Too Many People? A book review from New Zealand

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“An ever-necessary reminder that the world’s poor are the first victims of ecological disaster, not the cause.”

Too Many People?
Population, Immigration, and the Environmental Crisis
by Ian Angus and Simon Butler
Haymarket Books, 2011. 

reviewed by Bryan Walker
Hot Topic, November 12, 2011 

Reprinted with permission from the reviewer, an environmentalist based in Hamilton, New Zealand. 

In 1932 I was born into a world of 2 billion people. Nearly 80 years on there are 7 billion, more than three times as many. My own small country New Zealand has nearly tripled its population in that time. I confess to feeling anxiety about the capacity of the globe to sustain this level of population, let alone the further billions we can expect this century. Does that make me a populationist? That’s the term used by Ian Angus, editor of online journal Climate and Capitalism, and Simon Butler, coeditor of Australian Green Left Weekly, in their new book Too Many People? Population, Immigration, and the Environmental Crisisto describe people who attribute social and ecological ills to human numbers. The authors don’t. They attribute climate change and other ecological challenges to the growth imperative of capitalism, and their book takes issue with those who see “overpopulation” as a cause of the threats to the environment.

Whether there are too many people on the planet is not a question which can be lightly answered, say the authors. They agree that infinite growth is impossible on a finite planet, but consider it untenable to jump from there to the conclusion that the environmental crisis proves that we have exceeded the maximum number of people the earth can support. The high level of greenhouse gases points not to there being too many people but to the need to change human activity. Greenhouse gas emissions are not correlated with population growth. Almost all of the population growth is occurring in countries with low emissions but almost all of the emissions are produced in countries with little or no population growth.

On the question of food shortages being due to overpopulation the authors argue that there is sufficient food but the existing global food system is grossly inequitable, wasteful and inefficient, preventing the food being available to hungry people. To those who claim that the only way to feed so many people will be by industrial farming which carries environmental hazards with it, they argue that there is evidence that ecologically sound farming is in fact able to feed projected mid-century levels of population. In an interesting discussion they cite the findings of the Agrimonde project as offering reasons for optimism, albeit against the likelihood that giant corporations will resist conversion to ecological agriculture and unabated climate change could harm many crops.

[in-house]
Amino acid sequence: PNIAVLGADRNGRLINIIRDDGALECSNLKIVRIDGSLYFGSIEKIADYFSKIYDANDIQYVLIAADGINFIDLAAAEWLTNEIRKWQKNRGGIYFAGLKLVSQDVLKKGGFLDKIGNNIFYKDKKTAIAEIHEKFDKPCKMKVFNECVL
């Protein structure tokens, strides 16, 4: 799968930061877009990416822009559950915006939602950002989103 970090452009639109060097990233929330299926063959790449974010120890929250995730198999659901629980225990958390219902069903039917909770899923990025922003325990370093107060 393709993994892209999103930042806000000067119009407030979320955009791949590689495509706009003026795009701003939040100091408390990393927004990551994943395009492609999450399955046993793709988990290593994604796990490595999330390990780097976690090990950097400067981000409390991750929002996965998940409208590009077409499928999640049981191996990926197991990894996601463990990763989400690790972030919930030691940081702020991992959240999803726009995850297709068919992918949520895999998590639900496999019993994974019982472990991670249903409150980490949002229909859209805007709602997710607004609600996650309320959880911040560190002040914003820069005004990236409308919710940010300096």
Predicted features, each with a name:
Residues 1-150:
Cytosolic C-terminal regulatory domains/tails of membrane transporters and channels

The book stoutly defends the world’s poorer peoples against accusations that they are having too many children and somehow thereby adding to the world’s environmental problems more significantly than the reined-in populations of the developed world. Any distancing of the North from the South, as in the immigration policies practised or advocated, is unjustified in view of the wealth the North has obtained from the exploitation of the South, including these days the export of dirty industries.

Sectors of society in the richer nations are also defended against the claim that their consumerism is responsible for the danger we are in. “In 2009, 43.6 million Americans lived on incomes below the official poverty line. If anyone is consuming the world into ecological catastrophe, it isn’t them.” The income disparities in the developed countries today are huge. The 147 individuals who topped the 2002 Forbes “World’s Richest People” list had total wealth equal to the total annual income of three billion people, half of the world’s population.